Online advertising is suffering from a fundamental flaw in its sales process. Put simply, products with sizzle sell but rarely scale. So what do I mean by "sizzle"? In the early days of rich media, it was creative like Superman flying across the page or pop-up research studies, and today it is interactive pre-roll or full-page interactive ads.
I call this the scale vs. sizzle conundrum and it is causing a wide-range of problems for clients trying to reach measurable campaign objectives. Let's take a closer look at the problems inherent in this scenario.
Problem #1 - Under-Investing In What Works
I can't even count the number of times I've heard a media buyer ask, "Do you have any new products to discuss?" Yet I can count on one hand the number of times a media buyer has said to me, "Why don't you come in and tell me what actually works."
As a result, media sales reps are trained to focus the majority of every conversation on what's new, because that's what sells, and ultimately, clients end up massively underinvested in the media and ad products that actually drive their objectives forward.
Problem #2 - Creating the Wrong Incentives For Media Vendors
A secondary effect of clients' under-investing in what works is that media vendors tend to neglect their capabilities in those same areas. There are dozens of examples of fundamental technology problems, such as the need for better support for research studies or broader support for advanced rich media delivery that could be solved by media vendors if they invested properly.
Unfortunately, media vendors know all too well that solving these problems won't increase their revenue because the buyers are focused on the next big thing. As a result, the limited portion of the clients' budget that ends up running towards media and ad units that actually perform doesn't scale as well as it could have had the media vendors invested correctly.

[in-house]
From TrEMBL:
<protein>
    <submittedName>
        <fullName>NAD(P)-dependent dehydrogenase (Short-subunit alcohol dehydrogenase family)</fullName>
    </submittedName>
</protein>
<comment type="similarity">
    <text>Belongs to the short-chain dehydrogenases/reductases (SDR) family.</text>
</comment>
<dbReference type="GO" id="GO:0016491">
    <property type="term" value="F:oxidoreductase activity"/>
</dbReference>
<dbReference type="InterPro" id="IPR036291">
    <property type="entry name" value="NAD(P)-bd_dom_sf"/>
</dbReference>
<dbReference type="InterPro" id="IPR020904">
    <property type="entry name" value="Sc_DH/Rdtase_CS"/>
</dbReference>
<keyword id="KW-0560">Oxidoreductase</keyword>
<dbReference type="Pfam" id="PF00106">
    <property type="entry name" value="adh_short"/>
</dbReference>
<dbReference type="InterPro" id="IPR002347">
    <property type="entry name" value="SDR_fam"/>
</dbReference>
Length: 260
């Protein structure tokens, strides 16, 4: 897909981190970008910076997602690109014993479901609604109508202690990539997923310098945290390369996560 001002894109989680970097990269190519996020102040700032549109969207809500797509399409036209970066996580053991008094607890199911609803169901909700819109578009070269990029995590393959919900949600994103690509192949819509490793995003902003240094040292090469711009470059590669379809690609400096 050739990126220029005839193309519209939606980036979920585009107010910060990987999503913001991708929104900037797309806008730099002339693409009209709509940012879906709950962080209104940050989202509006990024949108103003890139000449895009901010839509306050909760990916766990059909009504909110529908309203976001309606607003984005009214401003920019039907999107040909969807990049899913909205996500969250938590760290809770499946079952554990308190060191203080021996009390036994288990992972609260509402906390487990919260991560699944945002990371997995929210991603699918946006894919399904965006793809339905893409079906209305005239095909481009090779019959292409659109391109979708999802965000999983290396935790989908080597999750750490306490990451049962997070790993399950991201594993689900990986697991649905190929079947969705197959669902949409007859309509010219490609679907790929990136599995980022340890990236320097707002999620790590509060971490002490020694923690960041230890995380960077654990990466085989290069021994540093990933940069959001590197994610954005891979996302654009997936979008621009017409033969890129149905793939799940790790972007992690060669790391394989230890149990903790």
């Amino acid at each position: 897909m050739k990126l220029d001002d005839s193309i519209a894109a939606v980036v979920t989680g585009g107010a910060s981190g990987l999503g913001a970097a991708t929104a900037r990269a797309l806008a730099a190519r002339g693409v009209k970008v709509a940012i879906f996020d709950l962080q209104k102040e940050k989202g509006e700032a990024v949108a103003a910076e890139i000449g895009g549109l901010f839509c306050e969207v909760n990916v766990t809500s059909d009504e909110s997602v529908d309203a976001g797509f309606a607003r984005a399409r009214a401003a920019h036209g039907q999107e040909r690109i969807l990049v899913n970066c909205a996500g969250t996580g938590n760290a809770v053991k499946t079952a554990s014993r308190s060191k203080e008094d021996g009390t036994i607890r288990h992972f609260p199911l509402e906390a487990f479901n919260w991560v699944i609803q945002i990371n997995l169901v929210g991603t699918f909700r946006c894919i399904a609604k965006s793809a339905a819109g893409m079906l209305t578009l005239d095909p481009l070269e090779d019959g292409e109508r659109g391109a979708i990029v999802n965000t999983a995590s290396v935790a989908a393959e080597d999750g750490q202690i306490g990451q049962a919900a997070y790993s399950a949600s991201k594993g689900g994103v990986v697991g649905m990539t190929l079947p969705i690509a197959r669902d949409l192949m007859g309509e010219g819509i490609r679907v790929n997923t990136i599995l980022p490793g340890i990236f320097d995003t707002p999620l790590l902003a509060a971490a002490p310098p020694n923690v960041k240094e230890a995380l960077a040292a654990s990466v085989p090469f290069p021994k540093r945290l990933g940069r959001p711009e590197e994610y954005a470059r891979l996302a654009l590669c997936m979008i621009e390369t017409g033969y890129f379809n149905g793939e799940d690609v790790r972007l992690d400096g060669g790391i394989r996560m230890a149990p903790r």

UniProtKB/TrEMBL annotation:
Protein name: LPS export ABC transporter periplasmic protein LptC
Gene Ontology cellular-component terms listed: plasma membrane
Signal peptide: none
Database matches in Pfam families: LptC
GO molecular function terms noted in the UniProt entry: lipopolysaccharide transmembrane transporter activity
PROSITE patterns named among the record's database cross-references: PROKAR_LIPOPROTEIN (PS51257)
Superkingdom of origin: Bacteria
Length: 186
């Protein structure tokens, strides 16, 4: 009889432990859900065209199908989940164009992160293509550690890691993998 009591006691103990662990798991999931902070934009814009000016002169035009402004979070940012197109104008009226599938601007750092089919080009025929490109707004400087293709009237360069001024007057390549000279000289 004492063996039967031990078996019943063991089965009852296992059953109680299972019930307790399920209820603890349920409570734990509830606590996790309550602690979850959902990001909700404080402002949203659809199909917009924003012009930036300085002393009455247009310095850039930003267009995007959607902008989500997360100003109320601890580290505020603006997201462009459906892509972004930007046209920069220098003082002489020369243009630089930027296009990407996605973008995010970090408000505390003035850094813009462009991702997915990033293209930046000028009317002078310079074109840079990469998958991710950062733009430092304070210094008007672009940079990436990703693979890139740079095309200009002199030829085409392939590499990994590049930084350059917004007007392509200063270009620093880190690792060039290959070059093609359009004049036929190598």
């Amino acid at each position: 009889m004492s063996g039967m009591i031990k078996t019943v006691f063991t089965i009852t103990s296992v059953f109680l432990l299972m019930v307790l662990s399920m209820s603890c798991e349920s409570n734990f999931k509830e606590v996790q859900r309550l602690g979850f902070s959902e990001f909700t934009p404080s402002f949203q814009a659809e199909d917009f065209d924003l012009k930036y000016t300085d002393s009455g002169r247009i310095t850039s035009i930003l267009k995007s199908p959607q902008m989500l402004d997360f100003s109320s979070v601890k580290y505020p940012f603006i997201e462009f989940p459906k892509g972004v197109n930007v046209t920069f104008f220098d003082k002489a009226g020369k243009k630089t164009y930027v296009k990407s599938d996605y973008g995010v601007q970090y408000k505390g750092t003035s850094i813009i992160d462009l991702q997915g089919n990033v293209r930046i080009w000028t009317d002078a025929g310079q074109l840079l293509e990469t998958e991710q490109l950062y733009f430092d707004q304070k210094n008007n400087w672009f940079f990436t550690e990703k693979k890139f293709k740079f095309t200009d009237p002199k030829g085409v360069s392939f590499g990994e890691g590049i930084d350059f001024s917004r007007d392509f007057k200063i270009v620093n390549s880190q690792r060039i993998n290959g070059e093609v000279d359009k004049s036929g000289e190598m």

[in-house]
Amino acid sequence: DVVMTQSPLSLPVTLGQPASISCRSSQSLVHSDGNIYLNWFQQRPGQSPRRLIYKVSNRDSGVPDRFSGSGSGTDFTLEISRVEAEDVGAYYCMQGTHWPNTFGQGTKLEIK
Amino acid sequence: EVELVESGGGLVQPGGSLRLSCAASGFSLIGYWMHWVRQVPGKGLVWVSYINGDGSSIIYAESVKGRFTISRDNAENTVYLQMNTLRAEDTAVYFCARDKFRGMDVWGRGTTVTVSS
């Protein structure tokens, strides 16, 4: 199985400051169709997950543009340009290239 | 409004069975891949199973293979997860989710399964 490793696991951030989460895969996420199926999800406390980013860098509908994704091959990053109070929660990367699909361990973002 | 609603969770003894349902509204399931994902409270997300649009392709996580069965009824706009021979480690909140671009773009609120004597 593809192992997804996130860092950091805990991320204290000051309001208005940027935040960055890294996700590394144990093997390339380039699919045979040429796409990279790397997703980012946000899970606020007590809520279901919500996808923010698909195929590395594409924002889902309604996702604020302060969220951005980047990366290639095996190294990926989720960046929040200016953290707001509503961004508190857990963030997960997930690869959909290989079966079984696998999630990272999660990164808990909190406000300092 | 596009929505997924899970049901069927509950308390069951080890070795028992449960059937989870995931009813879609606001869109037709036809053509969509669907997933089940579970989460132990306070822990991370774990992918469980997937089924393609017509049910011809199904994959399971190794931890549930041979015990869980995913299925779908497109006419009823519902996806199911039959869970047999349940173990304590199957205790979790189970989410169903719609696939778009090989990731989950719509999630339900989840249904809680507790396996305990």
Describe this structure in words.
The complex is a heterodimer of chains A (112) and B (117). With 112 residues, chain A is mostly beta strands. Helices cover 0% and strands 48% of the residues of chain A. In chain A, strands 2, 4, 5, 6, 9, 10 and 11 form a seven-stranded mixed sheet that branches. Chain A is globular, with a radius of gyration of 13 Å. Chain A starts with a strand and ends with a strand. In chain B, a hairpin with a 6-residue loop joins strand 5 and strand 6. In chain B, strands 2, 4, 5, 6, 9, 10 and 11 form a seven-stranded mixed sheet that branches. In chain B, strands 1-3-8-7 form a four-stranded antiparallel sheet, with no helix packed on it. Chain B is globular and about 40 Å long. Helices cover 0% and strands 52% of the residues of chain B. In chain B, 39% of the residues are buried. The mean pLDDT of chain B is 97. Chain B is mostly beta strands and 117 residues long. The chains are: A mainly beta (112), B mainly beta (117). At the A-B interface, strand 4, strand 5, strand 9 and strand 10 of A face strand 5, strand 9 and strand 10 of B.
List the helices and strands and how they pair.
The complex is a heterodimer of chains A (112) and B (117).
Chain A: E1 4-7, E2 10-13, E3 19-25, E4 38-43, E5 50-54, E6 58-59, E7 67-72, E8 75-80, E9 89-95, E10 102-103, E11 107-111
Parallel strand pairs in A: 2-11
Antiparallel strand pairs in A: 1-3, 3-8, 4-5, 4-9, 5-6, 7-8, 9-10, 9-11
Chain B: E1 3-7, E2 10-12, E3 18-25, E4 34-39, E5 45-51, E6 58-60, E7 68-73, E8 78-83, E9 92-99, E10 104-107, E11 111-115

Problem #3 - Overall Budget Misallocation
If you look at the entire media budget allocation for a large online ad campaign, you will often see glaring examples of this problem. Sometimes a large portion of the media budget is allocated to a small group of individual publishers because they execute "custom work" that requires the client to spend a minimum amount.
While at times custom work is impactful and high value, such as the YouTube Expendables promo featuring Sylvestor Stallone, it is more often low-value, low-level creative execution that was created purely to extract ad dollars from the advertiser. Classic examples of low-value custom work include rich media ad creation, custom video content, page skinning or brand integration into a stock game / article or section of a site.
It is important to note that the scale vs. sizzle problem doesn't exist in search or any other direct-response based medium, because those media buyers don't get promoted for spending money on things that are new unless they drive sales. On the contrary, spending a lot of money on media that doesn't work will get you fired.
The solution to scale vs. sizzle problem is complicated. First, clients should clearly tell their agency partners what amount of time, money and energy should spent on products that don't measurably impact their campaign objectives. Second, clients should conduct two media plans, one with the agency-desired sizzle and one without, so that they can compare the media misallocations appearing as a result of the focus on sizzle. Lastly, clients should demand consistent campaign measurement to ensure that subsequent media plans benefit from lessons learned -- and integrate the few sizzle-based ideas that actually work.